• 162. Cal. Chart. R. 1341–1417, 196.
  • 163. L. & P. Hen. VIII, xviii (2), p. 241.
  • 164. Ibid. xix (2), p. 321.
  • 165. C 142/274 no. 39.
  • 166. Glos. R.O., D 2612/T 4; the Preedon fam. retained land in Colesbourne in the mid 18th cent.: ibid. D 2025, deed 1750; Glos. Colln. RF 87.1.
  • 167. Glos. R.O., D 2525, Ciren. deeds 1716–55; cf. ibid. photocopy 264.
  • 168. Deeds 1790, penes Mr. Elwes.
  • 169. Glos. R.O., D 326/T 112; Bigland, Glos. i. 116–17.
  • 170. G.D.R., T 1/59; Glos. R.O., D 1388/SL 6, no. 52.
  • 171. Glouc. Corp. Rec. p. 177.
  • 172. Glos. R.O., Q/RI 162.
  • 173. Cal. Pat. 1572–5, p. 324.
  • 174. Dom. Bk. (Rec. Com.), i. 164v., 169v.
  • 175. Tax. Eccl. (Rec. Com.), 232.
  • 176. Glos. R.O., D 184/T 35.
  • 177. Dom. Bk. (Rec. Com.), i. 164v., 169v.
  • 178. Tax. Eccl. (Rec. Com.), 232.
  • 179. Dugdale, Mon. vi (1), 140.
  • 180. Glos. R.O., D 326/T 112, deed 1668.
  • 181. Cf. ibid. photocopy 593.
  • 182. Partics. of Colesborne mans. c. 1790.
  • 183. Glos. R.O., photocopy 263.
  • 184. Bodl. MS. Rawl. B. 323, f. 219v.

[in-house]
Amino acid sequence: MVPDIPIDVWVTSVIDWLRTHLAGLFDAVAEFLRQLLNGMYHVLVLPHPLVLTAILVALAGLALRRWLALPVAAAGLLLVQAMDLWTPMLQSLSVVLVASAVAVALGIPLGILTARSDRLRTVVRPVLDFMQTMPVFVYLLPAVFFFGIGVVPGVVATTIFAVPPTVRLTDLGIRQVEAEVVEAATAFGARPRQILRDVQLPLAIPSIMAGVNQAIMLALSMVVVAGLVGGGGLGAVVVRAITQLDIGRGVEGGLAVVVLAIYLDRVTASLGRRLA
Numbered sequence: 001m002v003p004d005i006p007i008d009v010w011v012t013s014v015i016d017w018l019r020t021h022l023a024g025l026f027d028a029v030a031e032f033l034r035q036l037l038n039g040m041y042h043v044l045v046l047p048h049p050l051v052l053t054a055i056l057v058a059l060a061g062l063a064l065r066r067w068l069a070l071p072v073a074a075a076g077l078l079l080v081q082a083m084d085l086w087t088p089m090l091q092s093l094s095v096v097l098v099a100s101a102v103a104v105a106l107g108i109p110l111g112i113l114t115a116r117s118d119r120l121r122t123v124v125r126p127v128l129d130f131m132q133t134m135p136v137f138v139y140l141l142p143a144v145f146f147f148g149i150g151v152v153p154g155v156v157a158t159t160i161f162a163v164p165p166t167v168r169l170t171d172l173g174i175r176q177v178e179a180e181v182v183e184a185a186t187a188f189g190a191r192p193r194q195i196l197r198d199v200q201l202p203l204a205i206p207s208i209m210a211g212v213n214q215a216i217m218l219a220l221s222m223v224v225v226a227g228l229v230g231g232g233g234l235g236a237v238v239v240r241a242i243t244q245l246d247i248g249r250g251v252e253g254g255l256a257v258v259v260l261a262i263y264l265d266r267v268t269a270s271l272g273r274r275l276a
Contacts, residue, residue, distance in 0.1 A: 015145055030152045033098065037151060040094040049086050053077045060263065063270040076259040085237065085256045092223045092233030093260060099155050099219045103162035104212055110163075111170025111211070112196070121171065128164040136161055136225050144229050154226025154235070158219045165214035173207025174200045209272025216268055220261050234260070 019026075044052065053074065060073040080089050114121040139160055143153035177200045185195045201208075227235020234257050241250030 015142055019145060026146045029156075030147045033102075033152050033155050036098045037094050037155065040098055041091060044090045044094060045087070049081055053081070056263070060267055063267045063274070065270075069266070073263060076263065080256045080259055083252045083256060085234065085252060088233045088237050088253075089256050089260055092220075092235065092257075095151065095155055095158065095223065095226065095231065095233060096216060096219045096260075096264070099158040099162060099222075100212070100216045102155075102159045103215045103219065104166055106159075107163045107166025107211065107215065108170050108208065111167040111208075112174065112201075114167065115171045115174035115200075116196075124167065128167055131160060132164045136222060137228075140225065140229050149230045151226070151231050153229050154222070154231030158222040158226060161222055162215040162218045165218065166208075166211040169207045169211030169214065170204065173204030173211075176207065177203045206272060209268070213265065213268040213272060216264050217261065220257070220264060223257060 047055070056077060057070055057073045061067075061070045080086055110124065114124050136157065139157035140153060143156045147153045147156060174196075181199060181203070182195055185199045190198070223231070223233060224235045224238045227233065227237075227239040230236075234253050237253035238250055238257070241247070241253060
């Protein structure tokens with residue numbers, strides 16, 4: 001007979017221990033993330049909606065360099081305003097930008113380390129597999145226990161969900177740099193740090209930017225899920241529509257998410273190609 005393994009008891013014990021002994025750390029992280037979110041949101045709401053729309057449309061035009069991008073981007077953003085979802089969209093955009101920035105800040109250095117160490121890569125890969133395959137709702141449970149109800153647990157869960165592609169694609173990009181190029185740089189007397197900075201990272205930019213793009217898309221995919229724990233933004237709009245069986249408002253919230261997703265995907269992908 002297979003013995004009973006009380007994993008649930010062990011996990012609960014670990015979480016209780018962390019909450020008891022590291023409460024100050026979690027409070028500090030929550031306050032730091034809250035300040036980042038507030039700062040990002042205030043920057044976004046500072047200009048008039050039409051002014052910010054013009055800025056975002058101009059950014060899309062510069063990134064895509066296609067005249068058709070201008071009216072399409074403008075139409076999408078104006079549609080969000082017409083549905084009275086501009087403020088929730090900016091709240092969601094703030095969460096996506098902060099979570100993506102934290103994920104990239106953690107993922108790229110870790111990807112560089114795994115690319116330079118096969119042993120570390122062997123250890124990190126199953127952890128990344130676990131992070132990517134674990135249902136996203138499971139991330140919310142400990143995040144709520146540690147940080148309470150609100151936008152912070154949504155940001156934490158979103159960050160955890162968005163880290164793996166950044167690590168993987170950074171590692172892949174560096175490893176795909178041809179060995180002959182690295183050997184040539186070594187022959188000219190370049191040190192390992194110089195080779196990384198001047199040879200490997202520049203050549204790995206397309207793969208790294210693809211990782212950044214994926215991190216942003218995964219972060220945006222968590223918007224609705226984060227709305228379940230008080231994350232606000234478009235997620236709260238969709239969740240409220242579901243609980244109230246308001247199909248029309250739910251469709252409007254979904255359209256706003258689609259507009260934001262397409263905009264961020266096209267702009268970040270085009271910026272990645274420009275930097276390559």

• 185. C 115/K 2/6683 f. 249; Glos. R.O., Q/RI 48.
  • 186. Glos. R.O., D 2025, deed 1750.
  • 187. Ibid. Q/RI 162.
  • 188. G.D.R., V 5/87T 5.
  • 189. Map of Colesborne est. c. 1790, penes Mr. Elwes; Glos. R.O., photocopy 264.
  • 190. Glos. R.O., Q/RI 48.
  • 191. Ibid. photocopies 593, 264.
  • 192. Ibid. Q/RI 48.
  • 193. G.D.R., T 1/59.
  • 194. Elwes, Memoirs, 278–9, 289.
  • 195. Kelly's Dir. Glos. (1885 and later edns.).
  • 196. M.A.F. 68/3295/4.
  • 197. G.D.R., T 1/59.
  • 198. M.A.F. 68/26/19; M.A.F. 68/25/16.
  • 199. Elwes, Memoirs, 280.
  • 200. M.A.F. 68/1609/16.
  • 201. Elwes, Memoirs, 280.
  • 202. Kelly's Dir. Glos. (1885), 434.
  • 203. Elwes, Memoirs, 281–5.
  • 204. Elwes, 'Colesborne Estate Hist.'
  • 205. M.A.F. 68/3294/4.
  • 206. Agric. Returns 1976; ex inf. Mr. Elwes.
  • 207. Dom. Bk. (Rec. Com.), i. 164v., 169v.
  • 208. C 115/K 2/6683 f. 251v.
  • 209. Ibid. ff. 256, 253v.
  • 210. S.C. 6/Hen. VIII/1224 m.15d.
  • 211. C.P. 25(2)/656/13 Chas. II Trin. no. 30.
  • 212. C.P. 25(2)/927/12 Anne Hil. no. 24.
  • 213. Glos. R.O., photocopy 593; Taylor, Map of Glos. (1777).
  • 214. Glos. R.O., photocopy 263.
  • 215. Ibid. Q/SRh 1855 A/2; O.S. map 6″, Glos. XXXV. SW. (1883 edn.).
  • 216. Ex inf. Mr. Elwes.
  • 217. Census, 1831.
  • 218. Rep. Com. Agric. Employment, p. 99.
  • 219. C 115/K 2/6683 f. 252 and v.
  • 220. Hockaday Abs. clxv.
  • 221. Glos. R.O., Q/RUm 210; O.S. Map 6″, Glos. XXXV. SW. (1924 edn.).
  • 222. Glos. Subsidy Roll, 1327, 10.
  • 223. E. 179/113/31A rot. 2; cf. Cat. Anct. D. iii, D 736.
  • 224. C 115/K 2/6683 ff. 252v.–253.
  • 225. Smith, Men and Armour, 256–7.
  • 226. Par. reg. 1813–80, penes Mr. Elwes; Kelly's Dir. Glos. (1863–1902 edns.).
  • 227. Kelly's Dir. Glos. (1856 and later edns.).
  • 228. Payne, Glos. Survey, 171.
  • 229. Ex inf. Mr. Elwes.